Similar examples abound.  A fugitive drug trafficker was captured after two decades on the run.  A traveler sporting three Social Security numbers and a 14-year criminal history was nabbed.  And just weeks ago, an airline crewmember was biometrically identified as having been convicted for forgery and violation of electronic funds transfer accounts.  Crewmembers are not exempt from US-VISIT.  She was sent home and her visa was cancelled.

Through US-VISIT, our two Departments have identified numerous criminal and immigration-law violators who otherwise would have disappeared.  Every day the system highlights the importance of using accurate, timely information to protect our nation from terrorists and criminals -- and, I would add, to protect innocent non-citizens and their families from being tarred with a broad brush or targeted by mistake.  By focusing on individual behavior, US-VISIT and programs like it help reduce our reliance on more arbitrary and unfair standards such as nationality.


In FY 2003, the Department of Homeland Security recorded the admission of approximately 13 million Visa Waiver Program traveler visits through air and sea ports of entry.

By expanding US-VISIT to include processing of Visa Waiver Program travelers, the Department expects to double the number of admissions processed through US-VISIT, thus enhancing the integrity of our borders.

I would add that there are some travelers from Visa Waiver countries who are required to obtain nonimmigrant visas, and so have already been successfully processed through US-VISIT.  Since its implementation, approximately 400,000 nonimmigrant visa holders from Visa Waiver Program countries have been processed.

Earlier this month we briefed ambassadors of Visa Waiver countries on this change, and overall they are supportive.  A European Commission spokesperson told the Wall Street Journal that, "We [will] work closely with the U.S., with whom we share counterterrorism goals, to ensure that any new measures are introduced with minimum disruption and maximum safety."


These Visa Waiver Program countries appreciate our interest in increasing security as well as our support for the deadline extension to enable them to follow our lead.

Many of them, including Australia, the Netherlands, and Singapore, are actively engaged in developing programs that will allow them to collect biometrics and match the data upon a visitor's entry.  We are working with many of these countries to share information about terrorism and other security threats, in addition to opportunities for improvements in immigration and border management.

And we are working with Secretary Powell to get the word out that the United States remains an open and welcoming nation to those who wish to live, work or study here.

The number of international students enrolling in our universities and colleges continues to show positive annual growth, even after the shock of 9-11.  We are committed to growing that number higher.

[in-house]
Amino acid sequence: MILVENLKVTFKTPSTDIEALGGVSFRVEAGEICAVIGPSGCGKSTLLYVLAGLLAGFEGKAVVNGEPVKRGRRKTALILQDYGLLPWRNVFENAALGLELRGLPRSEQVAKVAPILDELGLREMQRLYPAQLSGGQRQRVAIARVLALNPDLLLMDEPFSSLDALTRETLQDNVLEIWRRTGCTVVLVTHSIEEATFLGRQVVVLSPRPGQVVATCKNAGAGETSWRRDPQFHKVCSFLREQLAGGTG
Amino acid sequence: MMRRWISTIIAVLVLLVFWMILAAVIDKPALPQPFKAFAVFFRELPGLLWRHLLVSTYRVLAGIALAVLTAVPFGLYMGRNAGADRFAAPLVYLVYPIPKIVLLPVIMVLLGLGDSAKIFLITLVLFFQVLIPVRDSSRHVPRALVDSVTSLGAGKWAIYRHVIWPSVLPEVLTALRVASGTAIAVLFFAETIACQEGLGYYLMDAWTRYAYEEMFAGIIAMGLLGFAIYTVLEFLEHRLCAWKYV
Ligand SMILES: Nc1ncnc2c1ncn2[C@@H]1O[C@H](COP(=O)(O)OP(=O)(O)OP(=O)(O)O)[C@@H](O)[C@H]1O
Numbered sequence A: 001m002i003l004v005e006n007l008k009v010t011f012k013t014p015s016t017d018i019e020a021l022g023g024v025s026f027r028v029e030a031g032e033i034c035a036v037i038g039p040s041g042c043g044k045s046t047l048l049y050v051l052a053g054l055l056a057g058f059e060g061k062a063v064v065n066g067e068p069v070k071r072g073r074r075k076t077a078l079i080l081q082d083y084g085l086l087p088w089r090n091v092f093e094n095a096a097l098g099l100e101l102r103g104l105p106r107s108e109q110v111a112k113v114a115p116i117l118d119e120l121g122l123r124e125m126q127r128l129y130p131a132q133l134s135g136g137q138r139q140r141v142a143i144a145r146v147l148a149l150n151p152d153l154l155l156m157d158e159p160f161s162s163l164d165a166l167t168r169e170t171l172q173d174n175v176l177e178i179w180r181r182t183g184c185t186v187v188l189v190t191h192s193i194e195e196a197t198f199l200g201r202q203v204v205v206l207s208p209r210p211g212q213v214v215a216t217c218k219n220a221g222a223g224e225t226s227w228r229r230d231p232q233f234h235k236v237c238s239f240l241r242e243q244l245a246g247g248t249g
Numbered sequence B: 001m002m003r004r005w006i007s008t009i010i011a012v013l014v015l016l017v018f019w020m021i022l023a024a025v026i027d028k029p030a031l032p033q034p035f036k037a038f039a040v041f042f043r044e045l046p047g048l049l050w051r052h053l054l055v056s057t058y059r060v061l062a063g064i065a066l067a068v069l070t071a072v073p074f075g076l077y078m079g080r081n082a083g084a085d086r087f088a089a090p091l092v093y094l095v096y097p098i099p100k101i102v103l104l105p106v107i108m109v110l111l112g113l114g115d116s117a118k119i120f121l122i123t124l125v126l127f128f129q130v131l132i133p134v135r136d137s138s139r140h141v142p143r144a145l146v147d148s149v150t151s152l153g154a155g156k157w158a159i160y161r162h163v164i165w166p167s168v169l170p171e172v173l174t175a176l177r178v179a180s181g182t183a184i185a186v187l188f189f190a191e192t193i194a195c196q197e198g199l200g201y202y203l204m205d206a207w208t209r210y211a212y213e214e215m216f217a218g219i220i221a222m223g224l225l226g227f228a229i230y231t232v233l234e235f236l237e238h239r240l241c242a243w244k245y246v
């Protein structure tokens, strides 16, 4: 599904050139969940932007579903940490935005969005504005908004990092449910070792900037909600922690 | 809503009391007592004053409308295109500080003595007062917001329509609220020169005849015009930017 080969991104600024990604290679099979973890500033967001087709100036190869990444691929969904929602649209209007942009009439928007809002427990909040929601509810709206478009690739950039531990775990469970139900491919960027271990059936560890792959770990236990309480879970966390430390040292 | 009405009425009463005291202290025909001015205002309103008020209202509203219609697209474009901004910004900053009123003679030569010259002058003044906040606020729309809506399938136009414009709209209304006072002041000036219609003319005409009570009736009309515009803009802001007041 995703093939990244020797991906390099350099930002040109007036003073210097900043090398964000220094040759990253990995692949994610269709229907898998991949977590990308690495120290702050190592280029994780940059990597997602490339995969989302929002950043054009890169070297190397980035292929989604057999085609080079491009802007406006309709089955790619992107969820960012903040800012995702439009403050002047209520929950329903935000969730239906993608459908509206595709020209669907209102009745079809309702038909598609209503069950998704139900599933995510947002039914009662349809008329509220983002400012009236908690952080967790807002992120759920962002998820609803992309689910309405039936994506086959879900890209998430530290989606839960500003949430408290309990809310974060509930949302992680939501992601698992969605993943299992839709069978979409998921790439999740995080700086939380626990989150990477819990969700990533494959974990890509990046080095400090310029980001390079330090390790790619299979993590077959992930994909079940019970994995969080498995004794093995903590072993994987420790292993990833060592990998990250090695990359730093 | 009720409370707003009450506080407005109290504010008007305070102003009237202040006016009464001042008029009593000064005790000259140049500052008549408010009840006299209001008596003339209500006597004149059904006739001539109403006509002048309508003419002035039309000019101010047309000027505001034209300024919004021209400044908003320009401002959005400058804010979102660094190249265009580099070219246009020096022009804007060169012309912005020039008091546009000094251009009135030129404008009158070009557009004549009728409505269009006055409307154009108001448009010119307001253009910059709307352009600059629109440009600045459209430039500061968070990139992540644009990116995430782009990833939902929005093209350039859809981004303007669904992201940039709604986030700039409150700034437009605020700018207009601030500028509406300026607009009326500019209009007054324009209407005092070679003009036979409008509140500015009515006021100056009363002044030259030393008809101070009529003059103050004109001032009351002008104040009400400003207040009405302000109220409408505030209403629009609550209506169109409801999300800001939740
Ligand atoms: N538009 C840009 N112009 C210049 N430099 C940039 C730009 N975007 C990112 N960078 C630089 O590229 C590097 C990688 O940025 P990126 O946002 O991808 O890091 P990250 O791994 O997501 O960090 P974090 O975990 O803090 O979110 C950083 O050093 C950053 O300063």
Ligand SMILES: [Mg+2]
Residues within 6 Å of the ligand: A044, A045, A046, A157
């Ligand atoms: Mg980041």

Yes, this new era demands new security requirements, such as mandatory interviews for visa-holders, small processing fees, and the verification of a student's enrollment status through our Student and Exchange Visitor Information System, or SEVIS, which serves nearly 10,000 campuses across the country.

But it also demands that we extend a helping hand.  Our SEVIS "Tiger Teams," for instance, show up at airports as foreign students arrive to help them navigate the process.  They serve as on-scene ombudsmen, contacting the universities and trouble-shooting so that legitimate students are not left behind.

US-VISIT is critical to our national security as well as our economic freedom.  It is already making a significant contribution to the Department's efforts to provide a safer and more secure America.

We recognize that we have a long way to go.  We will build upon this initial framework and solid foundation to ensure that we continue to meet our goals of enhancing our security while facilitating travel for the millions of visitors we welcome each year.

We are committed to a program that enhances the integrity of our immigration system, that catches the few and expedites the many -- and, above all, that keeps our doors open and our nation secure.

Countries in the Visa Waiver Program are our closest allies and economic partners.  A two-year extension of the October 26th, 2004 biometrics deadline will permit these allies to remain in the Visa Waiver Program.  And processing Visa Waiver Program travelers through US-VISIT will help our two Departments -- and nation -- achieve our security objectives.

Thank you for inviting us here today.  I hope you support our request and I look forward to answering your questions.